spiralling into the center. If we encounter any DESERT tiles, we assign that tile a counter with
the value NONE. This method needs to be implemented.
HINT: Reading testSetResourceCounters1 may help you to understand the required behaviour better.
4. distributeResources(Integer diceRoll): taking a dice roll of between 2 and 12, we need
to distribute any resources gained to players that have settlements on tiles with that number. It is a good strategy to implement distributeResources last. A correct implementation for CatanTile.addSettlement(Settlement, Location) is crucial to be able to complete
distributeResources(Integer diceRoll). This method needs to be implemented.
When you have implemented those methods, you should find the tests in Part2Tests all pass.
Your lab solution should be submitted electronically via the online submission system, linked from
the course homepage. The minimum set of required files is:
You must ensure your submission meets the following requirements (which are needed for the
automatic marking script):
1. Your submission is packaged into a jar file, including the source code. Note, the jar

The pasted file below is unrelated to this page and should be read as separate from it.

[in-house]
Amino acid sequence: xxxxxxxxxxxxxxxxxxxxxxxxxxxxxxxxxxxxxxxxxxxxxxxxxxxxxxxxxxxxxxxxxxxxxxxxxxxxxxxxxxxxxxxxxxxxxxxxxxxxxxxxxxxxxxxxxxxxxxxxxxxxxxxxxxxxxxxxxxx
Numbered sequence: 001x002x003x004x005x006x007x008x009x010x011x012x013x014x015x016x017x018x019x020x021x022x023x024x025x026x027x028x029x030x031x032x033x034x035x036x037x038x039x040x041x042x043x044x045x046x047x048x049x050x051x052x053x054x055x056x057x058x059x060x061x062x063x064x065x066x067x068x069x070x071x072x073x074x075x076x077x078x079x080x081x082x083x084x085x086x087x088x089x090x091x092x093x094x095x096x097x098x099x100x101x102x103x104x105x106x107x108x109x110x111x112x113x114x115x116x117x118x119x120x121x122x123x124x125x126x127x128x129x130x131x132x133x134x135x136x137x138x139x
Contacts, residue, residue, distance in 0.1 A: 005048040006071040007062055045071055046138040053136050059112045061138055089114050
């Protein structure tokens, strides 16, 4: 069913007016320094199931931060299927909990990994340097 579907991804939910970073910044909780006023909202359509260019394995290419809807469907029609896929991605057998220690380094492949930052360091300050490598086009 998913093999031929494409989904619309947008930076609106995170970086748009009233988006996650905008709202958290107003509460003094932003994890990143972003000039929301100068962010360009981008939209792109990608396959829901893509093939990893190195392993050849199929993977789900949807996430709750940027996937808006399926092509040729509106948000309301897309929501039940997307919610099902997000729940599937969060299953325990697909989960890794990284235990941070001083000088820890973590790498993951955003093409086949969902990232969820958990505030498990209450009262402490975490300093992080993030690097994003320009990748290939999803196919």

file does not need to be executable. See the following Eclipse tutorials for more on this:
2. The names of all classes, methods and packages remain unchanged. That is, you
may add new classes and/or new methods and you may modify the body of existing methods.
However, you may not change the name of any existing class, method or package. This is to
ensure the automatic marking script can test your code.
3. All testing mechanism supplied with the assignment remain unchanged. Specifically,
you cannot alter the way in which your code is tested as the marking script relies on this.
However, this does not prohibit you from adding new tests. This is to ensure the automatic
marking script can test your code.
4. You have removed any debugging code that produces output, or otherwise a↵ects
the computation. This ensures the output seen by the automatic marking script does not
include spurious information.
Note: Failure to meet these requirements could result in your submission being reject by the submission system and/or zero marks being awarded.
This assignment will be marked as a letter grade (A+ … E), based primarily on the following criteria:
• Correctness of Part 1 (50%) — does submission adhere to specification given for Part 1.
• Correctness of Part 2 (40%) — does submission adhere to specification given for Part 2.
• Style (10%) — does the submitted code follow the style guide and have appropriate comments
As indicated above, part of the assessment for the coding assignments in SWEN221 involves a
qualitative mark for style, given by a tutor. Whilst this is worth only a small percentage of your final
grade, it is worth considering that good programmers have good style.
The qualitative marks for style are given for the following points: